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Farmers Lab Advanced Theories and Techniques - Got a few grows under your belt and want to discuss more advanced theories and techniques? Discuss these matters here.

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Old 10-11-2006, 03:11 PM   #1 (permalink)
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Re-using your soil by the 3LB

This is by some breeders known as the "3 little birds".
I believe there were more than 3 of them, but whatever, right?

We are about to commit heresy and tell people that we ALWAYS re-use our soil.
No soil has left the garden's of the three_little_birds since before the turn of the millennium!
Some growers will tell folks to throw out their soil after every grow, and we've known plenty of commercial growers that happily do that to make sure they do not have pest or nutrient problems.
Maybe that even is the best solution for your grow, we can't say for sure, as always your mileage may vary.
We are poor simple medical users (and aging hippies, etc.), and spending something like $20 for a bag of FoxFarm soil rubbed us wrong!
With our container system it might take 2 full bags of that soil for 3 plants!

Now again . . . someone who is involved in commercial (rather than personal medical) production might not be so inclined to bother with making sure their soils stay healthy,
and all the work we go through to ensure our soil's health, but for us it is a labor of love and we feel our results speak for themselves.

Anyway, like we said, our soil never leaves our grow, it has all been recycled to the point that we could not even begin to tell you how many times it's been through our system!
A good commercial potting mix has always been the base for our soil.
We look for a product which is 100% organic, and recommend that you avoid ALL chemical salt ferts like the plague if you value your soil health.
This especially includes timed-released chem ferts like osmocote!
Depending on what we have found for soil, we go from there.
Some cheap organic soil mixes contain little more than peat, pearlite, and dolomite lime.
These absolutely need amending to start off.
Some organic soil mixes are much more complete and need little or no amending for starters.

Organic mushroom compost is certainly one of the hot soil mediums these days, and we've certainly had great success mixing it in with our soil remixes to add fresh organic matter.
We can't however comment on it's longer terms effects in soil remixes.
Since we found a cheap source of mushroom compost, we have also been top-dressing our plants with it almost exclusively, so we imagine that we will soon discover if remixing the ?shroom compost will have any detrimental effects.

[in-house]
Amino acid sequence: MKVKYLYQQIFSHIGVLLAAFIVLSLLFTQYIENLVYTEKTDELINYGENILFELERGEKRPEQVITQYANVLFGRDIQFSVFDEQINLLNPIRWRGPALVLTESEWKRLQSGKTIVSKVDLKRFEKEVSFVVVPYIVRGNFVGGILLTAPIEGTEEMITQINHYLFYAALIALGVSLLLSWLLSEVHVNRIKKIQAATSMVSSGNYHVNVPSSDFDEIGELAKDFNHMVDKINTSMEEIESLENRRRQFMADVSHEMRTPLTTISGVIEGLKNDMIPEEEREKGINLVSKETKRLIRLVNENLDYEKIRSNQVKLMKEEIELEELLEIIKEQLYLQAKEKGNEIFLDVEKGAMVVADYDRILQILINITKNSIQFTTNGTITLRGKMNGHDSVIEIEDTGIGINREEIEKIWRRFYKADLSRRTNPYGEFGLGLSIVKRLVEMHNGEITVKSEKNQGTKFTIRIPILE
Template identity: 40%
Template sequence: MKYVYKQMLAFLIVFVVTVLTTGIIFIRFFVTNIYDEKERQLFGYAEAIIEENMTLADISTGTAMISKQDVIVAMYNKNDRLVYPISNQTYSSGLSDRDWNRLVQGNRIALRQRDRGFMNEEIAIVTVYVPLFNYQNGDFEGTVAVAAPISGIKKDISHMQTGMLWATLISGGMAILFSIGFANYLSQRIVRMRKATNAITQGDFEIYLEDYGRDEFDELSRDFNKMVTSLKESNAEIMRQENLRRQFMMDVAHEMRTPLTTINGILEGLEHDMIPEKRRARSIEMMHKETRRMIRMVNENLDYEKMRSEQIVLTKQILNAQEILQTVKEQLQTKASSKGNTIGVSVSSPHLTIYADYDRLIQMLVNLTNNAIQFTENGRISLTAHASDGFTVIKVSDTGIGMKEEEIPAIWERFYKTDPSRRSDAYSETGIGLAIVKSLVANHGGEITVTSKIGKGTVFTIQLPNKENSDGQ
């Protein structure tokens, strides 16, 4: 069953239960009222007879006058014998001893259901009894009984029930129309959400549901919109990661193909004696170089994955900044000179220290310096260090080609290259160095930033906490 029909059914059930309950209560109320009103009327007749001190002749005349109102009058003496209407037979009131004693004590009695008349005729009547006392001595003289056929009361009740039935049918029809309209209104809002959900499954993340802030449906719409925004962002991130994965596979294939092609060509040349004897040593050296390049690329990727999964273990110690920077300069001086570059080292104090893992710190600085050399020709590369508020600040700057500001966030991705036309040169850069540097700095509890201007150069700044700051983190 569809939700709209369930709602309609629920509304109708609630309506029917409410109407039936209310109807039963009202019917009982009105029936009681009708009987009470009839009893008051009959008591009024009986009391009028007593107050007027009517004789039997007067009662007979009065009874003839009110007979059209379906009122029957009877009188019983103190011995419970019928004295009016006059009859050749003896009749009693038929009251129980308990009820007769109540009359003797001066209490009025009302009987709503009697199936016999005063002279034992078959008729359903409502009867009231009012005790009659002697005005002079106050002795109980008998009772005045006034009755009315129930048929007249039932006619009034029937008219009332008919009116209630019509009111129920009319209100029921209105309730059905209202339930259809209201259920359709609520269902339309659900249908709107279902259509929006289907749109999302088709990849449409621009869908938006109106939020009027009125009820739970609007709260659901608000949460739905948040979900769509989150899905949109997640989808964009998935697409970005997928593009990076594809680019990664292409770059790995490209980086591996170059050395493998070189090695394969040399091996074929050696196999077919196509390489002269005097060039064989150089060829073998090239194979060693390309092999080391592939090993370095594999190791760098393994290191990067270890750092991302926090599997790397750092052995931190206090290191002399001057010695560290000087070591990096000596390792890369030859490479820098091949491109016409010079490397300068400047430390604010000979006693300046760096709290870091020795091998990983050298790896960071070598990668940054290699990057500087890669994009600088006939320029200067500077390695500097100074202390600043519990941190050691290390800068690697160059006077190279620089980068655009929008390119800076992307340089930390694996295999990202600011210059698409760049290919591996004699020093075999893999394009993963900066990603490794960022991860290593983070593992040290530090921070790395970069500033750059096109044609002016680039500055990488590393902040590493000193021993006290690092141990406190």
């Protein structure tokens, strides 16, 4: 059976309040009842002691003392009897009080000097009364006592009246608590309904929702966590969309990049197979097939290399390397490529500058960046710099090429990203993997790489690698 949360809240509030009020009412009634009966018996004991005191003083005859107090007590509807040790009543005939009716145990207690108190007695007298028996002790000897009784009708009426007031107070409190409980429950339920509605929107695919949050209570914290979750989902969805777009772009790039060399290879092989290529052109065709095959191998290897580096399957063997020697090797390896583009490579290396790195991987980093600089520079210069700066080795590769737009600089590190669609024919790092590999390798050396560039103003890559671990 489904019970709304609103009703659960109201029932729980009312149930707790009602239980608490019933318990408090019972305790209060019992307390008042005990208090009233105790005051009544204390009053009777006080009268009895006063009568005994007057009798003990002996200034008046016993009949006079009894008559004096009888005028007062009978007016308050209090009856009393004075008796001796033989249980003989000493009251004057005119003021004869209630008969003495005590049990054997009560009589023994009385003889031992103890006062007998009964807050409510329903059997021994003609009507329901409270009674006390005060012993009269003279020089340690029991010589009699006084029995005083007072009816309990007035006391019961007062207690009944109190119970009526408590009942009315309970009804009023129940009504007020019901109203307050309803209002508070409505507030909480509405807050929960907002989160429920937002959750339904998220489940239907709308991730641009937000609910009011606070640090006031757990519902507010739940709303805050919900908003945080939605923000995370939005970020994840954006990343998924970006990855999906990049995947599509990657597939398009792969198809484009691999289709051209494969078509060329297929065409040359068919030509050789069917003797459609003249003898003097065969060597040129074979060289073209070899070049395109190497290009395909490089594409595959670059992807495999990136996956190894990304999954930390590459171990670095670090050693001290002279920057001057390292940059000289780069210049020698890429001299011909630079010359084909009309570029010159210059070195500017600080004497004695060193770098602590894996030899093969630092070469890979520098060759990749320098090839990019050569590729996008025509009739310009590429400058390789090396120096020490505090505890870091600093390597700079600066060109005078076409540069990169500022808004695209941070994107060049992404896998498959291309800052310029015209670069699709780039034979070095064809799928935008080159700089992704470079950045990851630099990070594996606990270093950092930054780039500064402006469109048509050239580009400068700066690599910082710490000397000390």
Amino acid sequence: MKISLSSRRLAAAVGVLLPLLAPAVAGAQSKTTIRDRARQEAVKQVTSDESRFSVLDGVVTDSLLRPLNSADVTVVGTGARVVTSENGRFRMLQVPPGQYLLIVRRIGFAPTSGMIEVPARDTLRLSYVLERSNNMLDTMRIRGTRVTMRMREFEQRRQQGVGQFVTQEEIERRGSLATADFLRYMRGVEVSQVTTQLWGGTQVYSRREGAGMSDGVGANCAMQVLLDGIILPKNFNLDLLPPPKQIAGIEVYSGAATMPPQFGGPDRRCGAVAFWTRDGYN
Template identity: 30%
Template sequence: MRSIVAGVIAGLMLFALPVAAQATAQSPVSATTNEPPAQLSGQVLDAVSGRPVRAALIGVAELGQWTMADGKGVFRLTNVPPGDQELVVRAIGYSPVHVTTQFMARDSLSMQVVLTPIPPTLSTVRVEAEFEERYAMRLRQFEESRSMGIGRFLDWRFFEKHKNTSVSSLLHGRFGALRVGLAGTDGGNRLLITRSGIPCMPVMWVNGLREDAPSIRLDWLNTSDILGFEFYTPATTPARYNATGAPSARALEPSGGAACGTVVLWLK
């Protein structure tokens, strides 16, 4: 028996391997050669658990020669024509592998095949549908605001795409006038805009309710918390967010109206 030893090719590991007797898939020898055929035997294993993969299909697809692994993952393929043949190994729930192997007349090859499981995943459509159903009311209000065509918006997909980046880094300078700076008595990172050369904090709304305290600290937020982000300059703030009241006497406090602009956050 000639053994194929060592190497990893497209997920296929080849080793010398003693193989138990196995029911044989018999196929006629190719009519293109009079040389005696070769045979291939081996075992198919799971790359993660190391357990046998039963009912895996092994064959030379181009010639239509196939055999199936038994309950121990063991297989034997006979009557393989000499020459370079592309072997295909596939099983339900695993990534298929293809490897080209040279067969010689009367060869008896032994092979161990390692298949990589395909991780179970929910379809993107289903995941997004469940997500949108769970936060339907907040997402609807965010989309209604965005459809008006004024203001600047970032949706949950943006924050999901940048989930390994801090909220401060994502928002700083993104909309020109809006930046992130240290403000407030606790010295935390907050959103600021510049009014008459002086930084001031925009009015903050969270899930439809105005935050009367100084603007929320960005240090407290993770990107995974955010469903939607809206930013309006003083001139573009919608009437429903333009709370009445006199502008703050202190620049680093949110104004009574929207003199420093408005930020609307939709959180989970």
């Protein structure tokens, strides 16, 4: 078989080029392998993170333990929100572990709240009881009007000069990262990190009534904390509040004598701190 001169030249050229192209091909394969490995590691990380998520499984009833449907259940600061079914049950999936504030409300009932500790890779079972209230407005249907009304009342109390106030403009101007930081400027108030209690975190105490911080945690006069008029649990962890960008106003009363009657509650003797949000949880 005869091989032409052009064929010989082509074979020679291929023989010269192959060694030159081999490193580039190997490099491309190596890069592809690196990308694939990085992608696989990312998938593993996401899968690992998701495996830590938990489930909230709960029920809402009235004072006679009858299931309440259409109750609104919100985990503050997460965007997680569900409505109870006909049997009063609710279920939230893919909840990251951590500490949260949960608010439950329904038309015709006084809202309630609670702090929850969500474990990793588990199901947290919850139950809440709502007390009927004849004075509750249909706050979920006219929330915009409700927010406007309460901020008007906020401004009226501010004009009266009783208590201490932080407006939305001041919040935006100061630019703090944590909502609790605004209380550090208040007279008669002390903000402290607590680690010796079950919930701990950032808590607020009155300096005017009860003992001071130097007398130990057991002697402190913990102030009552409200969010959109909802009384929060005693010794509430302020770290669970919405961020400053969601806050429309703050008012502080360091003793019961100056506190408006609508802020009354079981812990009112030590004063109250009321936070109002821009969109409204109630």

Once through it's first grow (the plants fed 100% organic with earth juice, teas, fish ferts, and liquid kelp) our container of soil has it's root balls pulled and it is dumped into a very large rubbermaid container w/ a lid (50 gallon container)
These container's are longer than our 2x3 growing containers, so with 2 people lifting and dumping, it's not too hard to keep this step neat.
Each bin can actually hold more than the contents from a single grow-container (2 grow-containers of soil will actually fit, but this makes mixing in amendments very difficult and messy.)
Now we proceed to give back to our soil mix what our plants have taken (and then some.)
We get out our kelp meal, bone meal, blood meal, greensand, rock phosphate, diatomaceous earth, and dolomite lime and get mixing.
Depending on the soil's condition this is also where we might add a little more perlite if soil compaction looks to be a potential problem.

Folks are going to ask us how much of these different supplements we add, and the only honest answer we can give is - it depends!
If the plants we'd raised previously in that particular container had shown any signs of being short on a major nutrient N?P-K - it's not too hard to throw in an extra cup or two of the appropriate organic supplement
(Blood meal / Alfalfa meal for N - Bone meal / rock phosphate for P - kelp meal / greensand for K and other micro nutrients.)
A nice full 16 oz plastic cup of each of the prior mentioned ingredients would be our baseline for supplementing this round of soil re-mix.
We will generally double this amount if any nutrient shortage has shown. . .

The greensand and rock phosphate are very slow to dissolve and be absorbed by plants, and are not normally used by many indoor container gardeners.
Their slow release is what helps to make our system work!
They will still be in our soil for the next couple of grows, doing their part for our soil health.
This is the point where we would also add some of our own compost (assuming there is some finished and ready - if not some mushroom compost has proven to work.)
Our compost is made from the usual standards, household veggie food scraps and such, with the addition of all our used grow scraps.
Fan leaf, chopped stems, and the "leftover's" from processing by bubble bag or tumbling are all composted and returned to our soil.

Now we will wet this whole mix down lightly and let it "cook" for a spell.
We have three large bins like this for soil remixing and composting.